But older workers would have contributed a massive $850 billion more in 2018 to the GDP if they could have remained in or re-entered the labor force, switched jobs or been promoted internally, notes the AARP study.

AARP’s new study shows that the elimination of that bias in 2018 would have increased the contribution of the 50-plus cohort to the GDP from $8.3 trillion to $9.2 trillion. It also projects that the potential contribution of the older population could increase by $3.9 trillion in a no-age bias economy, which would mean a total contribution of $32.1 trillion to GDP in 2050.

“This important report shows the cost to the entire economy of discriminating against older workers,” said Debra Whitman, AARP’s Executive vice president and Chief Public Policy Officer in a Jan. 30, 2020 statement announcing the release of the 22-page report. “The economy in 2018 could have been 4 percent larger if workers did not face barriers to working longer,” says Whitman.

“Studies have shown that older workers are highly engaged, with low turnover, and often serve an important role as mentors,” Whitman added. “Their expertise helps businesses and pays big dividends for the economy as a whole. Employers who embrace age diversity will be at an advantage,” she says.

House Moves to Combat Age Discrimination

The groundbreaking AARP report comes on the heels of the House of Representative’s recent passage of HR 2030, “Protecting Older Workers Against Discrimination Act,” to combat age discrimination.

The House chamber’s action comes as older workers play an increasingly important role in the workforce. Estimates are that by 2024, 41 million people ages 55 and older will be in the labor force, nearly an 8 percent increase from the current number. In addition, next year the oldest millennials will start turning 40 and then will be covered by the Age Discrimination in Employment Act (ADEA).

The legislation, passing with bipartisan vote of 261-155, restores anti-discrimination protections under the ADEA that were weakened by the Supreme Court’s 2009 decision in Gross v. FBL Financial Services, Inc. The decision changed the burden of proof for workers to be the sole motivating factor for the employer’s adverse action, making it much harder for workers to prove age discrimination.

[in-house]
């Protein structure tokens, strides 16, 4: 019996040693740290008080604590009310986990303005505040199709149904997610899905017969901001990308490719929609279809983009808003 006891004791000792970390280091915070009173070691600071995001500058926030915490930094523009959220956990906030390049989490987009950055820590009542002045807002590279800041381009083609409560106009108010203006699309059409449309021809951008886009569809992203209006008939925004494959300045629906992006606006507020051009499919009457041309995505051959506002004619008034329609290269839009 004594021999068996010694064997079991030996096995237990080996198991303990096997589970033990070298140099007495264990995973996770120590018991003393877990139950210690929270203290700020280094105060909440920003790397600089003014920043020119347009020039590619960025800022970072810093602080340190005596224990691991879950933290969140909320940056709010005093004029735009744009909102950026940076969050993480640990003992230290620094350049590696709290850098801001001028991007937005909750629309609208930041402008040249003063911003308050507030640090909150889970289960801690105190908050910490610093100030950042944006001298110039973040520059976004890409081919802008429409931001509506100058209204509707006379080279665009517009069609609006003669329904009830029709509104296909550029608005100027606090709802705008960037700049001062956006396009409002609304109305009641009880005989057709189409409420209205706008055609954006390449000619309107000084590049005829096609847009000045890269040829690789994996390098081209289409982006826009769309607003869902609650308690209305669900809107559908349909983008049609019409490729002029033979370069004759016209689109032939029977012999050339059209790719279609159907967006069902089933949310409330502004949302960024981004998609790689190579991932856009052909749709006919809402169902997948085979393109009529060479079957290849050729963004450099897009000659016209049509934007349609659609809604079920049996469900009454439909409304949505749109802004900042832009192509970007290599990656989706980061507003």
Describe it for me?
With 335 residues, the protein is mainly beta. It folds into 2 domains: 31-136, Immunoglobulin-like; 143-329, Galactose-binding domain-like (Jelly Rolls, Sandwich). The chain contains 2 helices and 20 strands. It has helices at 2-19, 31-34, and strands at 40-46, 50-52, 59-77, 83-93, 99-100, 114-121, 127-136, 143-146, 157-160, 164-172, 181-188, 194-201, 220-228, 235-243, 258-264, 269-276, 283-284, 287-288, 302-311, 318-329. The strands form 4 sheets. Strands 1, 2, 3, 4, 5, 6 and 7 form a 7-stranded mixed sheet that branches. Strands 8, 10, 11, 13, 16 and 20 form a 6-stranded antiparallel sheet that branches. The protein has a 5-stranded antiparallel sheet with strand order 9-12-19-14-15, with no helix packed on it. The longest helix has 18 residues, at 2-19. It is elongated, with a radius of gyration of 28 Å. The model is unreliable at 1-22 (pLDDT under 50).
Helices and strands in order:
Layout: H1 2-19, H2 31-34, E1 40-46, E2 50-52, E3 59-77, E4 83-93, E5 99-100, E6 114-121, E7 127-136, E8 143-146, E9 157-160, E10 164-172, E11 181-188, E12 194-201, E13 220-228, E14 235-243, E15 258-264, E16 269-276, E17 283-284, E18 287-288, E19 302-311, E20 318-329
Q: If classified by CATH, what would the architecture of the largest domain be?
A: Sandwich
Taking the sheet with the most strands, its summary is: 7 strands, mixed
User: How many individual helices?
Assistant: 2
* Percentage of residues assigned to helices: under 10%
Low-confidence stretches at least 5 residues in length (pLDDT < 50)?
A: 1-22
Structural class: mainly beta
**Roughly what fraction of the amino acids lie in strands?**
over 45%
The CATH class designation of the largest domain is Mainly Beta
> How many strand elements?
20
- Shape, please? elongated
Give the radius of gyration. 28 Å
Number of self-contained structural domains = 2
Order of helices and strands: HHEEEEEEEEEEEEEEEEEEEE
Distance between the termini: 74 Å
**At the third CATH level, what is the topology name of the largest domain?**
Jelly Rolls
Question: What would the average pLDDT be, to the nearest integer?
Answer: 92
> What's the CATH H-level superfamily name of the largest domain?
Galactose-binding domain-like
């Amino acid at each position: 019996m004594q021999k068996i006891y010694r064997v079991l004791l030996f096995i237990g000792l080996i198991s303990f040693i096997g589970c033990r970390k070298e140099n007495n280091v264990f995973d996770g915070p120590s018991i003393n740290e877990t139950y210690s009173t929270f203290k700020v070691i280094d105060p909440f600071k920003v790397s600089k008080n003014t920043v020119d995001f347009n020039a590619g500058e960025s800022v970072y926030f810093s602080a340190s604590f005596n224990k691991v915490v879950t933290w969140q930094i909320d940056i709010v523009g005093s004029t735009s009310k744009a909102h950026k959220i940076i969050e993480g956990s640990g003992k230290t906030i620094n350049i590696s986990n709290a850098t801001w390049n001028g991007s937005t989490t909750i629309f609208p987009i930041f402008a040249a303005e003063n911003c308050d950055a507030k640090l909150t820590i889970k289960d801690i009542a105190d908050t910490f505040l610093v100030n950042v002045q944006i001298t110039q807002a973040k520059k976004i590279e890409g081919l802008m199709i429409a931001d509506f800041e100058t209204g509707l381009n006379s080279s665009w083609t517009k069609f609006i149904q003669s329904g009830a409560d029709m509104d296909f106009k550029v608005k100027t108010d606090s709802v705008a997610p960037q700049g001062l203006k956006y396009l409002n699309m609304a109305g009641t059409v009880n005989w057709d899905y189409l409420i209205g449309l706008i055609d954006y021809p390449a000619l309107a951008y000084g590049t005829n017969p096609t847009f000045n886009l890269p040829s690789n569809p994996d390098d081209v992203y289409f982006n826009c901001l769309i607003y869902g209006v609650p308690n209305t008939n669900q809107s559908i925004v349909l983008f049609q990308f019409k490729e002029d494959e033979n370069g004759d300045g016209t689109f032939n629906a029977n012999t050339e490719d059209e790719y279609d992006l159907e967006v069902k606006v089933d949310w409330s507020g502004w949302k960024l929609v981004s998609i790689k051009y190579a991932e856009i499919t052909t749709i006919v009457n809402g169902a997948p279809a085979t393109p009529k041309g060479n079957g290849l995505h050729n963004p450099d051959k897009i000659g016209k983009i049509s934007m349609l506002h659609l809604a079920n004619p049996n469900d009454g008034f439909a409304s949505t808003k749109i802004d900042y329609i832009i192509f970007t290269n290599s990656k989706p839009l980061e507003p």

In the Senate, the bipartisan companion legislation (S.485) is sponsored by Senators Chuck Grassley (R-Iowa) and Bob Casey (D-PA).

“The House vote sends a strong bipartisan message that age bias has to be treated as seriously as other forms of workplace discrimination,” said Nancy LeaMond, AARP Executive Vice President and Chief Advocacy & Engagement Officer. “Age discrimination is widespread, but it frequently goes unreported and unaddressed,” charges LeMond.

Thoughts on Age Discrimination

AARP’s new report includes survey findings gleaned from a study conducted last July and August, interviewing 5,000 people age 50-plus to identify how they have experienced age discrimination at work or while looking for work.

The researchers analyzed: involuntary retirement due to age bias; 50-plus workers involuntarily in part-time jobs; missed opportunities for wage growth; lost earnings following involuntary job separation; longer periods of unemployment compared to younger workers; and people age 50 and older who dropped out of the labor force, but want to continue working.

The study’s findings indicate that the age 50 and over labor force has grown by 80 percent since 1998, about 40 percent of workers age 65 over intend to continue working into their 70s. While 80 percent of employer’s support employees working into their later years, nearly two-thirds of older workers say they have experienced or seen age discrimination in the workplace.

As to gender, the study’s findings note that men who retire between ages 50 and 64 are most likely to feel that they are being forced into retirement because of their age. Older women bear the double burden of age and gender discriminate, say the researchers. Those age 50-64, especially women, experience longer unemployment than other groups

The study also found that lower-income workers are more likely to feel trapped in their present role as a result of age discrimination.

AARP’s report warns that “in order to benefit from age ‘inclusion,’ employers need not only to recognize age bias, but actually “actively” stop it; they need to “bust myths” about older workers, be it that they cost too much or are not tech-savvy; they need to recognize the value that experienced workers bring to the workplace, like their dependability and ability to problem-solve and remain calm under pressure, and they must build and support a multigenerational workforce.”

Final Thoughts

We have worked for years to raise awareness of valuing people in the workforce, regardless of age,” said AARP Rhode Island State Director Kathleen Connell. “This isn’t AARP rhetoric. Data repeatedly proves that age discrimination is not only is unfair to older workers, but something that also has a negative impact on the economy.

“Employers should take advantage of the best talent available without dismissing equally capable employees at a certain age or by choosing not to hire new workers simply because of their age,” Connell added. “Companies with a diverse cultural often laud that as a business asset. That philosophy should not exclude older workers. They can bring experience and wisdom into the mix and should be judged only on their performance.”

For information on AARP workforce-related resources, go to http://www.aarp.employers.

For a copy of AARP’s report, go to http://www.aarp.org/content/dam/aarp/research/surveys_statistics/econ/2020/impact-of-age-discrimination.doi.10.26419-2Fint.00042.003.pdf.